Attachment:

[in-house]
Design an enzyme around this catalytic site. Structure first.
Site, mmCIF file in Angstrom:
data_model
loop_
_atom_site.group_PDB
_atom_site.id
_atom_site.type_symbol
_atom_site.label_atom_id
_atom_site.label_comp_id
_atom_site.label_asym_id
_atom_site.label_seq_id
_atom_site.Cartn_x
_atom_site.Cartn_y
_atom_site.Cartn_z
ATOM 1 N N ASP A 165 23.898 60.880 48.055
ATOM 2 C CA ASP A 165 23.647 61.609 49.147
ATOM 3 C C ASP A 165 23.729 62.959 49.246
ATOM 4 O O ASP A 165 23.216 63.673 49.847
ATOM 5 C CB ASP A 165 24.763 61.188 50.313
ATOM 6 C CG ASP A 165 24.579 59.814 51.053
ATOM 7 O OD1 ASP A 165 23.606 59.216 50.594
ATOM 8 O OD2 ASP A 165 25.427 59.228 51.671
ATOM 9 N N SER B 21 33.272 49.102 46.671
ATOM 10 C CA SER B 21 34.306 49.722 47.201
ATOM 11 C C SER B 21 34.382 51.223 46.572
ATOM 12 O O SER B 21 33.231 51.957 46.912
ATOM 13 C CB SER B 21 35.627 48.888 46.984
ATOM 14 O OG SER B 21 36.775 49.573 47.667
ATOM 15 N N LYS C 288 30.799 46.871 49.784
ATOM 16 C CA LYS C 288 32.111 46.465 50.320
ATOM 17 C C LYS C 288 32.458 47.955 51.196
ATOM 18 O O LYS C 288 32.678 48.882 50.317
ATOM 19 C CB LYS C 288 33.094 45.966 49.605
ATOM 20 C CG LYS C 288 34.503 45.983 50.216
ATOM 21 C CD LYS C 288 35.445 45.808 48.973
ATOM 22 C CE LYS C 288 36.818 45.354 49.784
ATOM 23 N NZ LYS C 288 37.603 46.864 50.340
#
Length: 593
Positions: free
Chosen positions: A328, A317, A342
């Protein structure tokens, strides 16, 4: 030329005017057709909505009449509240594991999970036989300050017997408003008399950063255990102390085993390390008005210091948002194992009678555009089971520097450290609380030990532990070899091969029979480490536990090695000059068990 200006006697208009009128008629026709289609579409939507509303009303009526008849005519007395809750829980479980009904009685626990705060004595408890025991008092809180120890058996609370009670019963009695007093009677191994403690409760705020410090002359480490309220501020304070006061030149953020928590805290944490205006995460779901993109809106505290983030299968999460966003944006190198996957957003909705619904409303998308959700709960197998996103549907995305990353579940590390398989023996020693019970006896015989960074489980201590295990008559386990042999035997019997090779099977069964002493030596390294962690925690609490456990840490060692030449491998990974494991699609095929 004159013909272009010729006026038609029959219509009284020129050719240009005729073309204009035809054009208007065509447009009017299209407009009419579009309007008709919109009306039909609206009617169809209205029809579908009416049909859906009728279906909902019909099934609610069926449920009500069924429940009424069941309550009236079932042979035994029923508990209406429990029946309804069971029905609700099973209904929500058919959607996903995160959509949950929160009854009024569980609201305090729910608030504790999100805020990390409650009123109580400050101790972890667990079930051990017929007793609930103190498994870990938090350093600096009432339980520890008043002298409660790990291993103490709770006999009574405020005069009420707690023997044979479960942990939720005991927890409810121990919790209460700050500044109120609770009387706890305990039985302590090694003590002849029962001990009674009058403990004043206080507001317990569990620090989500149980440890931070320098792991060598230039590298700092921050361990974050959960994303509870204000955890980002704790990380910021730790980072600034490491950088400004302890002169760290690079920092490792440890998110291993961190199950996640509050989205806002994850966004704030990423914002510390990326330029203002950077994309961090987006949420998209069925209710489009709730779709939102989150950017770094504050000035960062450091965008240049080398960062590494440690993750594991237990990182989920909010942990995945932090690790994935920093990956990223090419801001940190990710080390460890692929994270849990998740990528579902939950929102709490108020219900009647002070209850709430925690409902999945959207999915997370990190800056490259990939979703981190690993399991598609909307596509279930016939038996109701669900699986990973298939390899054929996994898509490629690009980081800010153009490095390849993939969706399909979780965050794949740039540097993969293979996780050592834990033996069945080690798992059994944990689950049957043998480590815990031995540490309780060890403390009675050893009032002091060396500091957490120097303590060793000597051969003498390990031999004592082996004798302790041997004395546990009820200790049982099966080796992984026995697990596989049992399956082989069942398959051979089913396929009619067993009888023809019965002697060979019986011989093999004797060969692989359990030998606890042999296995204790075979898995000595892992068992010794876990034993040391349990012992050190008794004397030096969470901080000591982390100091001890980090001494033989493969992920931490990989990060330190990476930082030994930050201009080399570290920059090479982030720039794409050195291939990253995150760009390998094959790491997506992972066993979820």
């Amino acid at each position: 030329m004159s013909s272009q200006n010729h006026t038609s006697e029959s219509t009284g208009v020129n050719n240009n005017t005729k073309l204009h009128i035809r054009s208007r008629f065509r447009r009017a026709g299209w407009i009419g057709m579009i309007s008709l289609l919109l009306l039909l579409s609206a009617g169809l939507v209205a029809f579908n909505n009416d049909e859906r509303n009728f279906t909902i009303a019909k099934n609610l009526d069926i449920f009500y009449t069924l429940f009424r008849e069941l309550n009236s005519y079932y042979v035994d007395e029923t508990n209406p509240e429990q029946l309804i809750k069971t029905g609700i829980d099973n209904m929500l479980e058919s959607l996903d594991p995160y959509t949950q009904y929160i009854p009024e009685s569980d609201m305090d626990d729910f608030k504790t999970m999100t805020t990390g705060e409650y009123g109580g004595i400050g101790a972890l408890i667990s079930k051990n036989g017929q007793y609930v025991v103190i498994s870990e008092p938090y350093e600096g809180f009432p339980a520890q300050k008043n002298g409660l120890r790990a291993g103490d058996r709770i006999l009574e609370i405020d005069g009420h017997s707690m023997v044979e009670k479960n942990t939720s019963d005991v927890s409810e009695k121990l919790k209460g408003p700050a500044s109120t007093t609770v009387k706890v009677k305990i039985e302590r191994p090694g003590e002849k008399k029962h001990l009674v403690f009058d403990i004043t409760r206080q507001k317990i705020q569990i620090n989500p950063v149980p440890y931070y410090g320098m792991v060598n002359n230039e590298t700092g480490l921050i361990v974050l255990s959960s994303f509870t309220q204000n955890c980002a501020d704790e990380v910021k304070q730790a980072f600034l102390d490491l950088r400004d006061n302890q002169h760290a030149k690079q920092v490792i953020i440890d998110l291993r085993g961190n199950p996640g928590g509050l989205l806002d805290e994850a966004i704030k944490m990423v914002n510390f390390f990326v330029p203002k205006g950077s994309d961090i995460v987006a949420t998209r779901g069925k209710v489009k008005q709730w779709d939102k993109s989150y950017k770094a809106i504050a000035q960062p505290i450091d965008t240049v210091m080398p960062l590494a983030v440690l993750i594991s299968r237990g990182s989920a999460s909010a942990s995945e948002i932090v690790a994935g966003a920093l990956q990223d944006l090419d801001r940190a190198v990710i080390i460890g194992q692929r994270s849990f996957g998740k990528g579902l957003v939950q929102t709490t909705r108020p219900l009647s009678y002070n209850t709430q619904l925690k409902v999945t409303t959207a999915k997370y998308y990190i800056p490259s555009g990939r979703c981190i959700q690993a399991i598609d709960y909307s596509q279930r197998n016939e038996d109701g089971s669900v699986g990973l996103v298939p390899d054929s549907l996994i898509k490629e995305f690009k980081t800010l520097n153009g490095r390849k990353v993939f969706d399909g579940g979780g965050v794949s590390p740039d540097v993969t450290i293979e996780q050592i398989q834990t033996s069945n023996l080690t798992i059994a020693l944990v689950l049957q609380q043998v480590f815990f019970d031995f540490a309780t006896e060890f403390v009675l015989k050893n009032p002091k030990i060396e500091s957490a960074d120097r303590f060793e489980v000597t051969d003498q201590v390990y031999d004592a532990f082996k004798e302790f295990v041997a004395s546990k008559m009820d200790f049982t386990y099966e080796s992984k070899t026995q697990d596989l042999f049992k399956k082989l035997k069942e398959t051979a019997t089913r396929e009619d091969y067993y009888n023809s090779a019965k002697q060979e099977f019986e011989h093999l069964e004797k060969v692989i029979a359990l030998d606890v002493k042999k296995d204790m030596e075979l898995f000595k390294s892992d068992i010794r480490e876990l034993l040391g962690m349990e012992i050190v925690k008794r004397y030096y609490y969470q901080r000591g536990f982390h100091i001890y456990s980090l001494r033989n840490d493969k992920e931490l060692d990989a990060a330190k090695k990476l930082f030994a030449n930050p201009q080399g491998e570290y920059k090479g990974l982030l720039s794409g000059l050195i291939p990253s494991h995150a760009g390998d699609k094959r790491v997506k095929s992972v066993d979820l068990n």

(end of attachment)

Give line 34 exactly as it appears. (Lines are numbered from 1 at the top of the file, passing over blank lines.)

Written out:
ATOM 19 C CB LYS C 288 33.094 45.966 49.605